“It would be great if we could just give people a pill to fix their fibromyalgia,” says Mark J. Pellegrino, MD, of Ohio Pain and Rehabilitation Specialists and author of 13 books on fibromyalgia. “But there’s no magic pill. A balanced approach is important.”
For some people with fibromyalgia, that balanced approach includes trying complementary and alternative medicine (CAM) in addition to medication, exercise, and physical therapy.
There hasn’t been a lot of formal research on the effectiveness of alternative treatments for fibromyalgia. But many people with fibromyalgia and some doctors believe some alternative treatments can help ease pain, fatigue, and other symptoms, especially when combined with conventional approaches.
Here are some of the most popular alternative treatments and their track records.
Dietary Supplements for Fibromyalgia
Supplements commonly used to treat fibromyalgia symptoms Include:
- 5-HTP (5-Hydroxytryptophan). This is a building block for the brain chemical serotonin. Low levels of serotonin are associated with depression, so it’s believed that raising serotonin levels can lead to a better mood. One study found that 5-HTP supplements may also help ease anxiety, insomnia, fibromyalgia pain, and morning stiffness. In the 1980s, 5-HTP supplements were associated with a serious illness called eosinophilia-myalgia syndrome (EMS). However, it’s believed that a contaminant in some products caused those EMS episodes.
- SAMe (S-Adenosyl-L-Methionine). This amino acid derivative may boost levels of serotonin and dopamine, another brain chemical. Limited research suggests SAMe may improve mood and sleep.
- Magnesium. Low levels of this element may be linked to fibromyalgia. However, research has not turned up solid evidence that taking magnesium supplements improves symptoms.
- Melatonin. This hormone is often used in supplements to improve sleep. It may also ease fibromyalgia pain.
- St. John’s wort. Though this herb is sometimes used to treat certain fibromyalgia symptoms, there’s no solid evidence that it works. A few studies suggest it may help with mild depression. But it can also limit the effectiveness of some medications.
Pellegrino, who has fibromyalgia and is a physician speaker for pharmaceutical companies that make medications used to treat fibromyalgia, considers the “three pillars of treatment” to be medicine, physical therapy, and supplements. He says that some supplements, along with other treatments and lifestyle changes, have helped their patients experience less pain, more energy, and better sleep.
The idea behind using supplements is to boost levels of certain substances in your body that may reduce the symptoms of fibromyalgia. “If there’s a deficiency you can measure,” says Pellegrino, “it makes sense to replace that deficiency.”
Supplements and Fibromyalgia: Proceed With Caution
If you are considering supplements, talk with your doctor. Some supplements can have harmful interactions with prescription medications. Some are unsafe if you have certain medical conditions. Pellegrino also advises being wary of products that promise fibromyalgia relief or contain supplements not commonly used.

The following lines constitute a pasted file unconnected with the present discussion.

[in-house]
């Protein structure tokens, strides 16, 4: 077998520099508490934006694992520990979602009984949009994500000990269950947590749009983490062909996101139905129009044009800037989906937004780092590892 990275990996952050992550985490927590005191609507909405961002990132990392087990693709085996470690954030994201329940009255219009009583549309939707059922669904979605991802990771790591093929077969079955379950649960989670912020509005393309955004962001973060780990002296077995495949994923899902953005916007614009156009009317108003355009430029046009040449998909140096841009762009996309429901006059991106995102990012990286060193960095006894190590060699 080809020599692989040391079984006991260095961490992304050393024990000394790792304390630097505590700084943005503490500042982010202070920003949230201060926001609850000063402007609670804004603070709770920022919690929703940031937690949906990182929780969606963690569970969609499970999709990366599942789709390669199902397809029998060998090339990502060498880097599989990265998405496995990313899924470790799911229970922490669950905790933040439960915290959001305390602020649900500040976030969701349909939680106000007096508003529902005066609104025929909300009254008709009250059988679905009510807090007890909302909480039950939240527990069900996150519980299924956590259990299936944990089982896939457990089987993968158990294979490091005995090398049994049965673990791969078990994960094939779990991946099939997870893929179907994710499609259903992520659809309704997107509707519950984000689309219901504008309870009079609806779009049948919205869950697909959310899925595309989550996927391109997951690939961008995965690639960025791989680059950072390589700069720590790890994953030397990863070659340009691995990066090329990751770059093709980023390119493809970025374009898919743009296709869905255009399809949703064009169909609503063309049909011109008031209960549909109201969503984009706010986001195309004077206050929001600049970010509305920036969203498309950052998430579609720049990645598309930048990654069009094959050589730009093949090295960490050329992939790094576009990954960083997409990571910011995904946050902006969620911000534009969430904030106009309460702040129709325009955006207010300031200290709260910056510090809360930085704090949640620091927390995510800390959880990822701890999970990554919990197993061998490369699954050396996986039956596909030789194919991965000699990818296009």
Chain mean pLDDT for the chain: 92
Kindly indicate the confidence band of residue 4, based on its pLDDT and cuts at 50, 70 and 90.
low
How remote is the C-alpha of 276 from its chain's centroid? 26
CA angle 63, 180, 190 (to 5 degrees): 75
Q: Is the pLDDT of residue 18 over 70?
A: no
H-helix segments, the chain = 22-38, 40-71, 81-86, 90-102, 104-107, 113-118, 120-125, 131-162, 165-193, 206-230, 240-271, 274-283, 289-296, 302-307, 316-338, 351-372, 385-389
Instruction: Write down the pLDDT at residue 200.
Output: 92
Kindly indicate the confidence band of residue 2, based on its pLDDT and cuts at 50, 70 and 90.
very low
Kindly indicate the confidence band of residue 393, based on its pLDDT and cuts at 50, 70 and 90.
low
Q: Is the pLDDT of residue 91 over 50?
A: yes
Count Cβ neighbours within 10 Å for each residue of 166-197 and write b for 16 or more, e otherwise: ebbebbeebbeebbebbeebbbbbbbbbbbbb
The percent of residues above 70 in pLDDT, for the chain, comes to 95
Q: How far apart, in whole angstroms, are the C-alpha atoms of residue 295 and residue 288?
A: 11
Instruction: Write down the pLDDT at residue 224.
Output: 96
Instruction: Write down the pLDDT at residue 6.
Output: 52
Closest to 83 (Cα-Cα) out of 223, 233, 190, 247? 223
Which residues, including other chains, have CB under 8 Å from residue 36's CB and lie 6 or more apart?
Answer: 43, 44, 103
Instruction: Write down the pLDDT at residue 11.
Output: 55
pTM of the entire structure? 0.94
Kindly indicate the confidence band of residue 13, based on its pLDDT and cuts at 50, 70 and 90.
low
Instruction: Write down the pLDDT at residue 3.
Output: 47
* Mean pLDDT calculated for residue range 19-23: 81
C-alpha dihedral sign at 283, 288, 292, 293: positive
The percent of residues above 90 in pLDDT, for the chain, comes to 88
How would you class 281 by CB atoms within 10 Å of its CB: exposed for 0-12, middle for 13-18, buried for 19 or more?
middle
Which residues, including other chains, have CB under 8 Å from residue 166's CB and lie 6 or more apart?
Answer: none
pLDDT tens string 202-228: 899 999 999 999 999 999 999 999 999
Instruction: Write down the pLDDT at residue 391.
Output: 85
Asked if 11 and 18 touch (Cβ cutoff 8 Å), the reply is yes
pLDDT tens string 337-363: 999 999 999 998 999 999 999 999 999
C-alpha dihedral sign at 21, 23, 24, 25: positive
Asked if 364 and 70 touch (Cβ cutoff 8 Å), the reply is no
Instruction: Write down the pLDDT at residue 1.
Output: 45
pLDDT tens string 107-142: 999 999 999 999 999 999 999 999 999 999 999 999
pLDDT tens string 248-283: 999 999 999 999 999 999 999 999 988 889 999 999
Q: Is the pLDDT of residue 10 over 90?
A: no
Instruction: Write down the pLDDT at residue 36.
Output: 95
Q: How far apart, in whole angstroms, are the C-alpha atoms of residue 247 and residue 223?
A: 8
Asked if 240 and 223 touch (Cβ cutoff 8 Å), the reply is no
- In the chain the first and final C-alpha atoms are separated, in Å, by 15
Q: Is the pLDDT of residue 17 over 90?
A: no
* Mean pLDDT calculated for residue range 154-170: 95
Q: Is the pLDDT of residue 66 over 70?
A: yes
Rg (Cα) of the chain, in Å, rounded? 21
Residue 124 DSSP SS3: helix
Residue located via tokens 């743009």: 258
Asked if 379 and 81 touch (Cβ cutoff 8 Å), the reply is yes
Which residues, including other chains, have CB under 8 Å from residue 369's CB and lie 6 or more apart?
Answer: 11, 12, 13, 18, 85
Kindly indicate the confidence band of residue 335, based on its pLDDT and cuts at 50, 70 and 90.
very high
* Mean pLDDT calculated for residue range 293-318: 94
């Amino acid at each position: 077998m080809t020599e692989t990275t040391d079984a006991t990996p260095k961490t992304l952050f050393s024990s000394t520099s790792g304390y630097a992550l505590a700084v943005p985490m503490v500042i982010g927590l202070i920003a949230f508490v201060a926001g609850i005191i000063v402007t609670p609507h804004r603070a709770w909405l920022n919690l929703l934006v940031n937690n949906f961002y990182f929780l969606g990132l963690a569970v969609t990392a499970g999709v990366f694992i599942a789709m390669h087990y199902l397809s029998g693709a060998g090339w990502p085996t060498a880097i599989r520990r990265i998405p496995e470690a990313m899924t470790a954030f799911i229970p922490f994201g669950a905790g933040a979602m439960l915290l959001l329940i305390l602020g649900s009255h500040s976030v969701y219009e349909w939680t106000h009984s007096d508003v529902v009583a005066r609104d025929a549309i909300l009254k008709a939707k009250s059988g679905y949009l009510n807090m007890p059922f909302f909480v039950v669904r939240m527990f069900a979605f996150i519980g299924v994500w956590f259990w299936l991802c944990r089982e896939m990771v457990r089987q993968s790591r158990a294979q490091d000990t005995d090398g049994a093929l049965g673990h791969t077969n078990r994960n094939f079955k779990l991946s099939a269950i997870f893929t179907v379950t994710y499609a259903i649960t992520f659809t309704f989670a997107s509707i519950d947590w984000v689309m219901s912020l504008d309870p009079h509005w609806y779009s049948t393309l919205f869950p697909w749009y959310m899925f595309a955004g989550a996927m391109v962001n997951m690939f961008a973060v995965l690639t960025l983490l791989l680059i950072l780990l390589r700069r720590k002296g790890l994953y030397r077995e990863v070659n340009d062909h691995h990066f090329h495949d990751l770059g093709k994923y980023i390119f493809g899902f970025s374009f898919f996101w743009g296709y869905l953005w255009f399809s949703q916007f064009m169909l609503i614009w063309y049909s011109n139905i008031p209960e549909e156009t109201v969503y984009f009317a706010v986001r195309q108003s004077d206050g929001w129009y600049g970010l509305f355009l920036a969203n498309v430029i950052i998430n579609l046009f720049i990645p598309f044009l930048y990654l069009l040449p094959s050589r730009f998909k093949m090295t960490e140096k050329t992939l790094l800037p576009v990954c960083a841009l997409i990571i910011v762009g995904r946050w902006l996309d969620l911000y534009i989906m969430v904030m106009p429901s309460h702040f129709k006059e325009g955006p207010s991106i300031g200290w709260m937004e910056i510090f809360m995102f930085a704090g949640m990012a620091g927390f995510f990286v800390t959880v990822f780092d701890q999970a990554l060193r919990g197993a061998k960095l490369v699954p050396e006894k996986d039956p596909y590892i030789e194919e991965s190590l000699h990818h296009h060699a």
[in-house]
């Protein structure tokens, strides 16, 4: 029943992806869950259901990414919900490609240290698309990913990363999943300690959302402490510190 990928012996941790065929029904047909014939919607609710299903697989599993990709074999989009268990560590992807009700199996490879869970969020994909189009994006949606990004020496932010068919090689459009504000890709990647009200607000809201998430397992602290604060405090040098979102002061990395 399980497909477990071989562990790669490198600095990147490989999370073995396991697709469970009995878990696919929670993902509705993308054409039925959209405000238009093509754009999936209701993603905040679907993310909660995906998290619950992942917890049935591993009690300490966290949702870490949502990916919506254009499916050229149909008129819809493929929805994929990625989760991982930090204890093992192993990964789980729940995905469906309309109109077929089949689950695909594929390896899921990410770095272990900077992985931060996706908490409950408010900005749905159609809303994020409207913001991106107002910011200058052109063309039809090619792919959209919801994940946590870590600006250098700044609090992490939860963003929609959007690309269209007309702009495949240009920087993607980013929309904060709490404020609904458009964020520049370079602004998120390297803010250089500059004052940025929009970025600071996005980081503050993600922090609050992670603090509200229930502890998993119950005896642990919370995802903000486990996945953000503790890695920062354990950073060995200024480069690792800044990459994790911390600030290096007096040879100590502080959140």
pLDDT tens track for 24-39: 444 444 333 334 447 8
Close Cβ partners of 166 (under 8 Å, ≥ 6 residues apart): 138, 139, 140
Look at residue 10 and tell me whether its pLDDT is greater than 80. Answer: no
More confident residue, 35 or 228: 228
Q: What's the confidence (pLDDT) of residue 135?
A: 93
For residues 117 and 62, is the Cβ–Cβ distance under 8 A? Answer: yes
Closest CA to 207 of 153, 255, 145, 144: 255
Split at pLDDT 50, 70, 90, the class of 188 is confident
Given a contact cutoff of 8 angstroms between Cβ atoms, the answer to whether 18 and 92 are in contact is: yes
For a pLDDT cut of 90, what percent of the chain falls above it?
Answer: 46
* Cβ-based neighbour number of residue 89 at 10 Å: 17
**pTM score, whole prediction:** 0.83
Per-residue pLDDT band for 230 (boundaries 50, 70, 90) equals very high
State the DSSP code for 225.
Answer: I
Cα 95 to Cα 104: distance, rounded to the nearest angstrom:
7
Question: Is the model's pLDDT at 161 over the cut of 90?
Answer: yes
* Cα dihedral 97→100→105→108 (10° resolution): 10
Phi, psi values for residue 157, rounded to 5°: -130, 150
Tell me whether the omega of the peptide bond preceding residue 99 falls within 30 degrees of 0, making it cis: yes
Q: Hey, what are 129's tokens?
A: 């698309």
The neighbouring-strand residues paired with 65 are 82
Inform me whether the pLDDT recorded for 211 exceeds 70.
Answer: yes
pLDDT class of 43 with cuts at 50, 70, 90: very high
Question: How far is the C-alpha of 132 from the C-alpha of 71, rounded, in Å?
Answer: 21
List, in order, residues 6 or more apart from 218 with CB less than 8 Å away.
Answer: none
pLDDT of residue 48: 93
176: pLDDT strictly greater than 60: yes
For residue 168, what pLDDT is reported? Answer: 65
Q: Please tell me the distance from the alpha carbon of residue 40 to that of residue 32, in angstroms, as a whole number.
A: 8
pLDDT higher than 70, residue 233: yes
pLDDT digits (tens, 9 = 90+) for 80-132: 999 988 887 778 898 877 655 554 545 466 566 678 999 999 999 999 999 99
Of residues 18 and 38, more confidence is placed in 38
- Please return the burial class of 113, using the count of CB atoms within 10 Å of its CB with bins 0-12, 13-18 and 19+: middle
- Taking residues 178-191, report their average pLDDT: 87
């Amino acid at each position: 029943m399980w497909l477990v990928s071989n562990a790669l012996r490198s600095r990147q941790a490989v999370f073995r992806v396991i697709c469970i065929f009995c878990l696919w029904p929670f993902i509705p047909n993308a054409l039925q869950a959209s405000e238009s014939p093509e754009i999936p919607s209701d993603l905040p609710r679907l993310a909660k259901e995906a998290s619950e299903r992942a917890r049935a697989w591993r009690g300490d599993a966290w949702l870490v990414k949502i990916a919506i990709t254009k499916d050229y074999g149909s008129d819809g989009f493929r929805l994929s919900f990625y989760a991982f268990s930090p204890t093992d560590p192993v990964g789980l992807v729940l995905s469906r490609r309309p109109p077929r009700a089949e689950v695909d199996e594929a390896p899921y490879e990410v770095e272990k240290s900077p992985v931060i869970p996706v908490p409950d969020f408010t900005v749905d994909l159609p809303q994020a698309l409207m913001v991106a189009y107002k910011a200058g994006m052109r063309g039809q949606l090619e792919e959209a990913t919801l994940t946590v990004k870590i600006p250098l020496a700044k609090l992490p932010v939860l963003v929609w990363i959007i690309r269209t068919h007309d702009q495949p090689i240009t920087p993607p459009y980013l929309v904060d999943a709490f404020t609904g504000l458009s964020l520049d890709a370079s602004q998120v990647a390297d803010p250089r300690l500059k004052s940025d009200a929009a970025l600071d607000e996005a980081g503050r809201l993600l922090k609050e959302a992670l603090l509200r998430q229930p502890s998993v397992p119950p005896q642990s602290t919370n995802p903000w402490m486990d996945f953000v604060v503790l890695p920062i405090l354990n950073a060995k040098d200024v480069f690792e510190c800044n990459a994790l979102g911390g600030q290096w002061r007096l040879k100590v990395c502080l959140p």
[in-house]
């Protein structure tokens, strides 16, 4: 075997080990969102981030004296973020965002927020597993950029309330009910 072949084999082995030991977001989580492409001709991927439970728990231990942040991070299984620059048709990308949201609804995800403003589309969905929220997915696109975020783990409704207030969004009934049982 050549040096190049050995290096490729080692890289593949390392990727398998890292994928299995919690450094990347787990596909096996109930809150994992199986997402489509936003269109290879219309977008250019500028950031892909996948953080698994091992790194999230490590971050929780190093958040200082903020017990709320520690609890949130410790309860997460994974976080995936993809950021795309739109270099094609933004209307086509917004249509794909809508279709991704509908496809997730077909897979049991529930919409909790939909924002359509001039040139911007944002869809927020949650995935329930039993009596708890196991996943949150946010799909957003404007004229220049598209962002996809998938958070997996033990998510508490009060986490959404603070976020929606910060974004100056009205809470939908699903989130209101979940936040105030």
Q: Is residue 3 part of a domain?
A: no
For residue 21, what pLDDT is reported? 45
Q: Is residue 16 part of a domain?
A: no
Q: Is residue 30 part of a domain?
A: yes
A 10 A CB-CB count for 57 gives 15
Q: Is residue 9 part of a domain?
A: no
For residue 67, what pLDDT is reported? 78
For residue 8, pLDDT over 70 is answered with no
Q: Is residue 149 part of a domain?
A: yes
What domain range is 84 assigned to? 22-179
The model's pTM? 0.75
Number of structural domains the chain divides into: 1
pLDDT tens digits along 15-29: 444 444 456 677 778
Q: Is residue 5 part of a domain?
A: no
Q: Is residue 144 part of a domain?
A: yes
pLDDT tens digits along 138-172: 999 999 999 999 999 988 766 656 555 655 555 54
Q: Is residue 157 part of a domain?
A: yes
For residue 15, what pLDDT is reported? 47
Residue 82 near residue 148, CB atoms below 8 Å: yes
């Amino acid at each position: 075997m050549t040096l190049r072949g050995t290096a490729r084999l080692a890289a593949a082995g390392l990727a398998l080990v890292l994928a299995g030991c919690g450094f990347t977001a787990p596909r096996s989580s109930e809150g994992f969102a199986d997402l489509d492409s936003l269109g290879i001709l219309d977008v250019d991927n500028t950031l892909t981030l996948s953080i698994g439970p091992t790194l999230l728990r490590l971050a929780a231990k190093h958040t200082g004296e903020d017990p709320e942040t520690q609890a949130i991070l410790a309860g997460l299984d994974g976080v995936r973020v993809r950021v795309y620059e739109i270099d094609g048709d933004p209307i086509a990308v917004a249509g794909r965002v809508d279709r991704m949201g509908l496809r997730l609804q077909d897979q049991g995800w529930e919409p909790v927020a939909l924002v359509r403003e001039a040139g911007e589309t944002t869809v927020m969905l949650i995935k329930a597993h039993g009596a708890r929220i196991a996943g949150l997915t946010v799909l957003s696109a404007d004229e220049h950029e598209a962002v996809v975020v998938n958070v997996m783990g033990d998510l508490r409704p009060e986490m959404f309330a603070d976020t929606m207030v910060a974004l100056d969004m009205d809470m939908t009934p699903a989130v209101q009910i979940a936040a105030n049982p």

“When it comes to supplements, we’re learning more and more,” he tells WebMD. “But unlike drugs, we don’t have rigorous research. It’s important for a person with fibromyalgia to work with a doctor who is knowledgeable about supplements.”
Acupuncture to Ease Fibromyalgia Pain
In traditional Chinese medicine, acupuncture was thought to rebalance the flow of energy through one’s body. For modern Western practitioners, it’s a healing method that increases blood flow and production of the body’s natural painkillers.
In its most common form, acupuncture involves stimulating points on the body by inserting thin needles into the skin. When a slight electric current is run through the needles, it’s known as electroacupuncture. Both methods are used for fibromyalgia.
Some people believe acupuncture is an effective, if temporary, treatment for fibromyalgia symptoms. Others are not so sure.
In a 2006 Mayo Clinic study, acupuncture appeared to significantly reduce fatigue and anxiety among people with fibromyalgia. Other studies have suggested that acupuncture can temporarily ease fibromyalgia pain as well. Yet researchers who analyzed several clinical trials, including the Mayo Clinic study, concluded that overall, acupuncture is not effective in treating fibromyalgia.
Trying it yourself may be the only way to find out if it works for you. It may take several acupuncture treatments for you to conclude whether its benefits, if any, are worth the money.
Alternative Fibromyalgia Treatments: Massage
Massage can reduce muscle tension and ease pain in the muscles and soft tissue. It can also improve circulation and range of motion and boost production of natural painkillers. Some studies suggest it can improve your mood. And it may help people with fibromyalgia sleep better, too.
Formal studies of the effects of massage on fibromyalgia symptoms are few and results are mixed. However, researchers at the University of Miami’s Touch Research Institute report that just 20 minutes of moderate-pressure massage can lessen the flow of chemicals associated with pain and stress while increasing production of serotonin.
The result: a better night’s sleep. That can help combat fatigue and the inability to concentrate known as “fibro fog.”
Fibromyalgia Treatments at Home
Don’t forget simple and inexpensive home remedies for pain. For example, heat -- especially moist heat -- can temporarily ease pain and stiffness by boosting blood flow to the places where you hurt.
Try applying a moist heating pad, taking a warm shower, or just warming your clothes in the dryer before you put them on. Cold packs can help you feel better too, by reducing the deep muscle pain of fibromyalgia.